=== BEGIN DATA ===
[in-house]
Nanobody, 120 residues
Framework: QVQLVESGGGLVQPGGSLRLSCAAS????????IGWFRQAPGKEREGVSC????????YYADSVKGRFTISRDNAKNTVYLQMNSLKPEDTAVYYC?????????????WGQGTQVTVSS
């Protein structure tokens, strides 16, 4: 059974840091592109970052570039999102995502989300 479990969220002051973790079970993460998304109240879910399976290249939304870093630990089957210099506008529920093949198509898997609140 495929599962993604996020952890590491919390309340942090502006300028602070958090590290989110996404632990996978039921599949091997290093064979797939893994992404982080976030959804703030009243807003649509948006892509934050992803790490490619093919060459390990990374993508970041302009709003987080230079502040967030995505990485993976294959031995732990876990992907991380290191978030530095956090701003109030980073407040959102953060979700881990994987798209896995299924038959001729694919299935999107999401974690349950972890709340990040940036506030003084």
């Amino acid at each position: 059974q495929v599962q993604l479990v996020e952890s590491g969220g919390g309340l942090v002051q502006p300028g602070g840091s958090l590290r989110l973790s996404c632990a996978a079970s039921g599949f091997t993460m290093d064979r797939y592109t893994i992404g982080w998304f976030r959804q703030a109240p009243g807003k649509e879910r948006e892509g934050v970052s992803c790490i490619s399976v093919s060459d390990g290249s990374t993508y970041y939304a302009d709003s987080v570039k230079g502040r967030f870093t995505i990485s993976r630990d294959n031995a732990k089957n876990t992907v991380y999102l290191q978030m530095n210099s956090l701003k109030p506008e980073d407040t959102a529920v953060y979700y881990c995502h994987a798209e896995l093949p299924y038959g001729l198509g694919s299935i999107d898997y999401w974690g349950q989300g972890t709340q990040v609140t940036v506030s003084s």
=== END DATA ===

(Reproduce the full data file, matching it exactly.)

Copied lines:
[in-house]
Nanobody, 120 residues
Framework: QVQLVESGGGLVQPGGSLRLSCAAS????????IGWFRQAPGKEREGVSC????????YYADSVKGRFTISRDNAKNTVYLQMNSLKPEDTAVYYC?????????????WGQGTQVTVSS
């Protein structure tokens, strides 16, 4: 059974840091592109970052570039999102995502989300 479990969220002051973790079970993460998304109240879910399976290249939304870093630990089957210099506008529920093949198509898997609140 495929599962993604996020952890590491919390309340942090502006300028602070958090590290989110996404632990996978039921599949091997290093064979797939893994992404982080976030959804703030009243807003649509948006892509934050992803790490490619093919060459390990990374993508970041302009709003987080230079502040967030995505990485993976294959031995732990876990992907991380290191978030530095956090701003109030980073407040959102953060979700881990994987798209896995299924038959001729694919299935999107999401974690349950972890709340990040940036506030003084």
């Amino acid at each position: 059974q495929v599962q993604l479990v996020e952890s590491g969220g919390g309340l942090v002051q502006p300028g602070g840091s958090l590290r989110l973790s996404c632990a996978a079970s039921g599949f091997t993460m290093d064979r797939y592109t893994i992404g982080w998304f976030r959804q703030a109240p009243g807003k649509e879910r948006e892509g934050v970052s992803c790490i490619s399976v093919s060459d390990g290249s990374t993508y970041y939304a302009d709003s987080v570039k230079g502040r967030f870093t995505i990485s993976r630990d294959n031995a732990k089957n876990t992907v991380y999102l290191q978030m530095n210099s956090l701003k109030p506008e980073d407040t959102a529920v953060y979700y881990c995502h994987a798209e896995l093949p299924y038959g001729l198509g694919s299935i999107d898997y999401w974690g349950q989300g972890t709340q990040v609140t940036v506030s003084s």